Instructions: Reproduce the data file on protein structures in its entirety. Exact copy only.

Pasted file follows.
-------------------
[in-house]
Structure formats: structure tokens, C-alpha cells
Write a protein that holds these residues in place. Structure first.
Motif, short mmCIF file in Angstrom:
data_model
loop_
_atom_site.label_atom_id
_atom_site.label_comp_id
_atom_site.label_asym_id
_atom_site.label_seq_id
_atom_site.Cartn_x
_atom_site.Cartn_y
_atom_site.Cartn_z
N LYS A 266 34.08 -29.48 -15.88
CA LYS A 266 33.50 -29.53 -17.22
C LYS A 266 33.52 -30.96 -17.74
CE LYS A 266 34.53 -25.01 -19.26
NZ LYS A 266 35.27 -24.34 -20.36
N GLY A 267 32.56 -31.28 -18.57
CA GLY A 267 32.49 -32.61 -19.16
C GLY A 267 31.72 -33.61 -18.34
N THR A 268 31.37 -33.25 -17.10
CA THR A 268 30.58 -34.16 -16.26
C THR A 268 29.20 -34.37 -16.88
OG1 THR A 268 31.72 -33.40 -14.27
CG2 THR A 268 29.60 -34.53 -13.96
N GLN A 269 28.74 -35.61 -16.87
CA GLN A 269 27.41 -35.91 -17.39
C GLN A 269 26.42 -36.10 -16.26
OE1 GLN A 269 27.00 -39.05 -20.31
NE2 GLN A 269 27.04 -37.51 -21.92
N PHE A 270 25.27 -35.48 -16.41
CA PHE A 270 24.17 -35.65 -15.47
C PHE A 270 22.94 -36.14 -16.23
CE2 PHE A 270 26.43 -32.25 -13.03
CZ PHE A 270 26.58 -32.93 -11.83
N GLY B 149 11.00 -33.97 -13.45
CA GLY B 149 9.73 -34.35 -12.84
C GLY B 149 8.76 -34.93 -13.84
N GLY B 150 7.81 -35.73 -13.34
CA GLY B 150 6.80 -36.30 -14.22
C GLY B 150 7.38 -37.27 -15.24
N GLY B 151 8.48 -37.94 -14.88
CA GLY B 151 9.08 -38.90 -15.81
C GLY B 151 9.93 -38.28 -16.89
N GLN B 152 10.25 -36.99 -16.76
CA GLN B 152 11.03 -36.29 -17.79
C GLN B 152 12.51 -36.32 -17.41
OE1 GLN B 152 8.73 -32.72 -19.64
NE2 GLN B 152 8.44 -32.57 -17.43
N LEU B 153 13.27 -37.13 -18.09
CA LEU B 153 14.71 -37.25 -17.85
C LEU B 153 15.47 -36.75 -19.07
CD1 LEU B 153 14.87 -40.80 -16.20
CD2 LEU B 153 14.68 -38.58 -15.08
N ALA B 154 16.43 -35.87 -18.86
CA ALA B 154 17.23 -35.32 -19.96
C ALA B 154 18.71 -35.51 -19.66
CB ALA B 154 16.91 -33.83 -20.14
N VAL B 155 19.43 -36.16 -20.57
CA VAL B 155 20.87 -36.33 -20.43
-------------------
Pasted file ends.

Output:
[in-house]
Structure formats: structure tokens, C-alpha cells
Write a protein that holds these residues in place. Structure first.
Motif, short mmCIF file in Angstrom:
data_model
loop_
_atom_site.label_atom_id
_atom_site.label_comp_id
_atom_site.label_asym_id
_atom_site.label_seq_id
_atom_site.Cartn_x
_atom_site.Cartn_y
_atom_site.Cartn_z
N LYS A 266 34.08 -29.48 -15.88
CA LYS A 266 33.50 -29.53 -17.22
C LYS A 266 33.52 -30.96 -17.74
CE LYS A 266 34.53 -25.01 -19.26
NZ LYS A 266 35.27 -24.34 -20.36
N GLY A 267 32.56 -31.28 -18.57
CA GLY A 267 32.49 -32.61 -19.16
C GLY A 267 31.72 -33.61 -18.34
N THR A 268 31.37 -33.25 -17.10
CA THR A 268 30.58 -34.16 -16.26
C THR A 268 29.20 -34.37 -16.88
OG1 THR A 268 31.72 -33.40 -14.27
CG2 THR A 268 29.60 -34.53 -13.96
N GLN A 269 28.74 -35.61 -16.87
CA GLN A 269 27.41 -35.91 -17.39
C GLN A 269 26.42 -36.10 -16.26
OE1 GLN A 269 27.00 -39.05 -20.31
NE2 GLN A 269 27.04 -37.51 -21.92
N PHE A 270 25.27 -35.48 -16.41
CA PHE A 270 24.17 -35.65 -15.47
C PHE A 270 22.94 -36.14 -16.23
CE2 PHE A 270 26.43 -32.25 -13.03
CZ PHE A 270 26.58 -32.93 -11.83
N GLY B 149 11.00 -33.97 -13.45
CA GLY B 149 9.73 -34.35 -12.84
C GLY B 149 8.76 -34.93 -13.84
N GLY B 150 7.81 -35.73 -13.34
CA GLY B 150 6.80 -36.30 -14.22
C GLY B 150 7.38 -37.27 -15.24
N GLY B 151 8.48 -37.94 -14.88
CA GLY B 151 9.08 -38.90 -15.81
C GLY B 151 9.93 -38.28 -16.89
N GLN B 152 10.25 -36.99 -16.76
CA GLN B 152 11.03 -36.29 -17.79
C GLN B 152 12.51 -36.32 -17.41
OE1 GLN B 152 8.73 -32.72 -19.64
NE2 GLN B 152 8.44 -32.57 -17.43
N LEU B 153 13.27 -37.13 -18.09
CA LEU B 153 14.71 -37.25 -17.85
C LEU B 153 15.47 -36.75 -19.07
CD1 LEU B 153 14.87 -40.80 -16.20
CD2 LEU B 153 14.68 -38.58 -15.08
N ALA B 154 16.43 -35.87 -18.86
CA ALA B 154 17.23 -35.32 -19.96
C ALA B 154 18.71 -35.51 -19.66
CB ALA B 154 16.91 -33.83 -20.14
N VAL B 155 19.43 -36.16 -20.57
CA VAL B 155 20.87 -36.33 -20.43